"Hard to drive" means one or both of the following:
1. At some audio frequencies but not all, the speaker requires a lot of power from the amplifier. If your amplifier can't deliver enough current at those frequencies, then sonically your system will "run out of gas" at louder listening levels. People usually refer to this as a "bumpy impendance curve." Your amplifier is working harder and running hotter when powering a speaker like this, which can shorten the amplifier's lifespan. There are a few infamous speakers that have very low impedance at all frequencies, such as the infamous Apogee Scintilla (nominal impedance of 1 ohm).
2. Some speakers have low sensitivity, requiring a LOT of amplifier power at all
frequencies to play at reasonable volume levels. The hardest-to-drive speakers are typically the ones with a very bumpy impedance curve and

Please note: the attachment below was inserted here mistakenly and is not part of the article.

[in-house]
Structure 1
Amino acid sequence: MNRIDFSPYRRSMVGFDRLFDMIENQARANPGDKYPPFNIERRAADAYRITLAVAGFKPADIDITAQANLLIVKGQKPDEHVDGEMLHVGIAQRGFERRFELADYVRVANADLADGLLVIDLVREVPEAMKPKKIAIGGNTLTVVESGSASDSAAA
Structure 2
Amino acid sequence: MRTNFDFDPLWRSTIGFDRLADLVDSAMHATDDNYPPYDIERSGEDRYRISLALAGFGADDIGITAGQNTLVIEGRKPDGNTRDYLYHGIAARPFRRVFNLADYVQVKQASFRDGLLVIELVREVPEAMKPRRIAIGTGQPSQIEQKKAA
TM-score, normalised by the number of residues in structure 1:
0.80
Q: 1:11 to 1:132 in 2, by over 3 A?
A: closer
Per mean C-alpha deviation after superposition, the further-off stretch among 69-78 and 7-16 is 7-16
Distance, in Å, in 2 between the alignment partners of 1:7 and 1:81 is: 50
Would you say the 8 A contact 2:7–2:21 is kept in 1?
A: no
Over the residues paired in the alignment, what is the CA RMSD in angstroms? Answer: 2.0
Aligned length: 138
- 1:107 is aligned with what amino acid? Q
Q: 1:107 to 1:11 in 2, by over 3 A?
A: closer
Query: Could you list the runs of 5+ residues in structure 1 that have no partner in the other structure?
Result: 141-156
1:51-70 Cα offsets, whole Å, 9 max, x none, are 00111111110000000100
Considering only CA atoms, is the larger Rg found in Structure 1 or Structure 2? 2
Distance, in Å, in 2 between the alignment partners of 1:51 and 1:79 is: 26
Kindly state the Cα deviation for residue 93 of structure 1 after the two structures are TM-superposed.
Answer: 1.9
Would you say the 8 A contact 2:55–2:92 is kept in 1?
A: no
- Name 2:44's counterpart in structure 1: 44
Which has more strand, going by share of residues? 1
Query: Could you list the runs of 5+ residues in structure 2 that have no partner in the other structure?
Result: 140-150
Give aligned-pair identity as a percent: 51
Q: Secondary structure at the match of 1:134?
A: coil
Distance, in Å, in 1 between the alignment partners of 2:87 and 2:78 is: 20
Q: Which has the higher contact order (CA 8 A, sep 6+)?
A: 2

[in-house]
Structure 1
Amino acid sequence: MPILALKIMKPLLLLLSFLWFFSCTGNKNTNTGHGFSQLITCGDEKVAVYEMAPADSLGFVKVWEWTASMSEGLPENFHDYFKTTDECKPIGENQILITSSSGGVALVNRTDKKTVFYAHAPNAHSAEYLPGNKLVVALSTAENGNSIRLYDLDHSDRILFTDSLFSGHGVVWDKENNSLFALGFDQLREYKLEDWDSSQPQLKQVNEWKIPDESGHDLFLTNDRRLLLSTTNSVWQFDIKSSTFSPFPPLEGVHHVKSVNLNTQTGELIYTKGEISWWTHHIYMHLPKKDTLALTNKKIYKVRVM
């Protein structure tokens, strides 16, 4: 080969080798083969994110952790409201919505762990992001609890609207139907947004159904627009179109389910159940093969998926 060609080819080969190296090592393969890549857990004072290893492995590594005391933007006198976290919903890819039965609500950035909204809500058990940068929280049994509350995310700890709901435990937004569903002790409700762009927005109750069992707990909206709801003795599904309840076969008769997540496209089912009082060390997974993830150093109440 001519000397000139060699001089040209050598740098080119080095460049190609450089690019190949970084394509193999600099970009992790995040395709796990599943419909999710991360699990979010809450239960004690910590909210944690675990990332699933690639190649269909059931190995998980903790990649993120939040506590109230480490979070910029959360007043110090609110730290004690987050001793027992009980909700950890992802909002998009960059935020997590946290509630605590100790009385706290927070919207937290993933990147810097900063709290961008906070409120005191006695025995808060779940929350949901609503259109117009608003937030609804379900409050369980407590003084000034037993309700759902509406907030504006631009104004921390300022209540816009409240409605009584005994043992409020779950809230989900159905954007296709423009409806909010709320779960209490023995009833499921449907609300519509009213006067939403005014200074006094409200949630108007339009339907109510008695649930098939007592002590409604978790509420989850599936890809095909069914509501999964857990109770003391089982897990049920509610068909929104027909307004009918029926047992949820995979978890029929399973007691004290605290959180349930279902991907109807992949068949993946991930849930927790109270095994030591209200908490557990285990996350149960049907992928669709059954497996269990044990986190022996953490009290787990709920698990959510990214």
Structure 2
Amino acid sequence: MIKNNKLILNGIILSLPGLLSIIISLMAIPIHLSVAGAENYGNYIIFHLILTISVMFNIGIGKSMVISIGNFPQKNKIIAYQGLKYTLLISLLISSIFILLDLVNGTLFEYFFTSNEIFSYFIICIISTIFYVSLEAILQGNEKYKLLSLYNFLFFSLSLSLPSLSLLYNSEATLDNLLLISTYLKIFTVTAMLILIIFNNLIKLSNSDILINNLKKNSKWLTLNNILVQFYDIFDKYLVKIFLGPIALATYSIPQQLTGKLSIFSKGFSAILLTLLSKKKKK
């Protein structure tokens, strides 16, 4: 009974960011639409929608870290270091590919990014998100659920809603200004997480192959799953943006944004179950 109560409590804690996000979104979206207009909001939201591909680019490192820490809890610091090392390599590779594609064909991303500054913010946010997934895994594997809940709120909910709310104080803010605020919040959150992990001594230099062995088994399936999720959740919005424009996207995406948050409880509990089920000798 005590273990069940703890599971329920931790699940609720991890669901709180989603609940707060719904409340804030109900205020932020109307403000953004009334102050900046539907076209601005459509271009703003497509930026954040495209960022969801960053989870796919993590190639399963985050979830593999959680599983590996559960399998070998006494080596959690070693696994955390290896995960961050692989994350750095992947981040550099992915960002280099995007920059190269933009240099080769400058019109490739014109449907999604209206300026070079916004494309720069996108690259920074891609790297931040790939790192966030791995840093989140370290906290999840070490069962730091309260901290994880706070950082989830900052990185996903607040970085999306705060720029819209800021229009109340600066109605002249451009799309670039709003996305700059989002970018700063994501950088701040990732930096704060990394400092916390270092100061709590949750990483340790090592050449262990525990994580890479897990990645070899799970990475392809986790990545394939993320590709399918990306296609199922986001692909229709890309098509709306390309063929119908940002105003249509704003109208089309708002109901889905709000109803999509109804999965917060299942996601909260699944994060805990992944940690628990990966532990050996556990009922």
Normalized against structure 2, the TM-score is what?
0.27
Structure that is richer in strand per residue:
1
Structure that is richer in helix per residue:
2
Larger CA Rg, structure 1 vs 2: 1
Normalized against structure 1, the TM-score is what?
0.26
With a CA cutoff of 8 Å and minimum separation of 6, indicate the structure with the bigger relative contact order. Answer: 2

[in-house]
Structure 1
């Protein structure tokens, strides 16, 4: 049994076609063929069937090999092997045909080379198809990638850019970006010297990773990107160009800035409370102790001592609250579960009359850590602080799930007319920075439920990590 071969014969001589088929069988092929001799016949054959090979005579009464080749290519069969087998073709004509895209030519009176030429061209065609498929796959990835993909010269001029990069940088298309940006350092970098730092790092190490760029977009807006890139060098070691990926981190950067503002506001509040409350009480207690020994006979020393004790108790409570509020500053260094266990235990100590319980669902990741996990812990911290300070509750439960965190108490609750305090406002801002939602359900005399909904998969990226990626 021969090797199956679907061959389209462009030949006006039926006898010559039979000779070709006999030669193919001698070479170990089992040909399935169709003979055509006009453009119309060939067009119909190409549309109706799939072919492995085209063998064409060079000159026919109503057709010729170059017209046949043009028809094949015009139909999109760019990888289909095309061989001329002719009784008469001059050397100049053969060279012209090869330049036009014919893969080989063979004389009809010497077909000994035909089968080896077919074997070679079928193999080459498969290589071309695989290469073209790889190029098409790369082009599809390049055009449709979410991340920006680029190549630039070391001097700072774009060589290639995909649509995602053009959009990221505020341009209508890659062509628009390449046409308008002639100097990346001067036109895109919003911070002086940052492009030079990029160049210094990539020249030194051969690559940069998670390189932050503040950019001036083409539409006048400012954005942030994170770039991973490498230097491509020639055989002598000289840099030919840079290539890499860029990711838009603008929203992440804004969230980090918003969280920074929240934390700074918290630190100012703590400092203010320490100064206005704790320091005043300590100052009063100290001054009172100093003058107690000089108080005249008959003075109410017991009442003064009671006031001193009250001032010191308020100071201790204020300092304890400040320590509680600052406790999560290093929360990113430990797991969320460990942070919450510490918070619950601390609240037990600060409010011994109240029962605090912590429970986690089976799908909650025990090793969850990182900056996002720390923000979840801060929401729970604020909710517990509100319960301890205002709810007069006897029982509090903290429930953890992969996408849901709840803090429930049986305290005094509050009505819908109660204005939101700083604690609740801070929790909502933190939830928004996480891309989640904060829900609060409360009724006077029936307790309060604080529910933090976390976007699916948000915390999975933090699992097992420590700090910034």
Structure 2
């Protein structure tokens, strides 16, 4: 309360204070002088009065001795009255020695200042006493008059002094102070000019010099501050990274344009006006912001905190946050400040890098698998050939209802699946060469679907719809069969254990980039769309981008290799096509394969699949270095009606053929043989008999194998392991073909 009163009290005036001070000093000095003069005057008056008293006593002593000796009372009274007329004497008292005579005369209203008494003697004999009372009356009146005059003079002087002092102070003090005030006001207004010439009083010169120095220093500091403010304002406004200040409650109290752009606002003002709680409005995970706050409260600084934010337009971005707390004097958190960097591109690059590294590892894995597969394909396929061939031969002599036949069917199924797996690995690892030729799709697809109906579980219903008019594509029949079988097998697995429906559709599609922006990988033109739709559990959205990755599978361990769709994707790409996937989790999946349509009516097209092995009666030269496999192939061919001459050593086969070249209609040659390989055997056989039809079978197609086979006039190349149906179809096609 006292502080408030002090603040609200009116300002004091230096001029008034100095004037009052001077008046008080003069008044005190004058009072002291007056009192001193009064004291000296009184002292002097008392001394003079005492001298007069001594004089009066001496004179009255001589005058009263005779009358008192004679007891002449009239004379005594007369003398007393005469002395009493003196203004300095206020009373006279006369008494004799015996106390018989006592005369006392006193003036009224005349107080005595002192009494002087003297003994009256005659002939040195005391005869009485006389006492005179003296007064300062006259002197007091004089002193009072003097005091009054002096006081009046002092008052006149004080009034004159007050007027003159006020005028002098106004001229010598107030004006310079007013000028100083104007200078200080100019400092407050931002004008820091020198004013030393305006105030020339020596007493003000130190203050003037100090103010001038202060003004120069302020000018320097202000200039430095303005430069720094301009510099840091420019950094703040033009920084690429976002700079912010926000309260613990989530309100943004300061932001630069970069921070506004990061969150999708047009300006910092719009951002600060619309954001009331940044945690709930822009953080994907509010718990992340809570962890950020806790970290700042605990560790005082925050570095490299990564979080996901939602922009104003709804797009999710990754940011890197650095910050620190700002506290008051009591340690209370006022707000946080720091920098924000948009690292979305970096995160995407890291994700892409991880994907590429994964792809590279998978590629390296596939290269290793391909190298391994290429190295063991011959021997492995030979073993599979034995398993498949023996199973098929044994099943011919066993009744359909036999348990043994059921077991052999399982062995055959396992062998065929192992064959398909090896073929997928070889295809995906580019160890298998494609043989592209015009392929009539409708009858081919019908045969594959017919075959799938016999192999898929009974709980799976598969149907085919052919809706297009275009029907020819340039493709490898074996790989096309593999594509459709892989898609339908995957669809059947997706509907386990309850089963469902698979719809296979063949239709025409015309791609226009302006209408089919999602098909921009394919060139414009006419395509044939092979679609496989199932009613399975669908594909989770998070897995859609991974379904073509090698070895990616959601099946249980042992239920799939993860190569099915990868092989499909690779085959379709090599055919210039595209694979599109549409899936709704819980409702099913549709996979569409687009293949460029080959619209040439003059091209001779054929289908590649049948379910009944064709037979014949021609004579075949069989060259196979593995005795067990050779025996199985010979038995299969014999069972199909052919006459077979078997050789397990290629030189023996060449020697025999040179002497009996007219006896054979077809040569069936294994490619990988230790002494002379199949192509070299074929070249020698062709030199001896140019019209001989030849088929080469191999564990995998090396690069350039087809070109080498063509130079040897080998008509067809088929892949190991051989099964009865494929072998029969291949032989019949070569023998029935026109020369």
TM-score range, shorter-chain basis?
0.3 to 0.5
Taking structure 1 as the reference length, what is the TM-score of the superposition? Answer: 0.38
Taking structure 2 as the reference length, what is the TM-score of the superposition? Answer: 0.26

for a really clear explanation that non-engineers like me can follow.
I would add that an amplifier has lots more power available for fronts/center/surrounds when the low frequencies are routed to the subwoofer's amplifier, as they are in your home theater system.
website, which I hadn't seen before, has some clearly written articles on the basics of system setup in it's "How To" section, under "Resources." You won't agree with everything there, e.g., whether cables benefit from break-in (the writer says YES).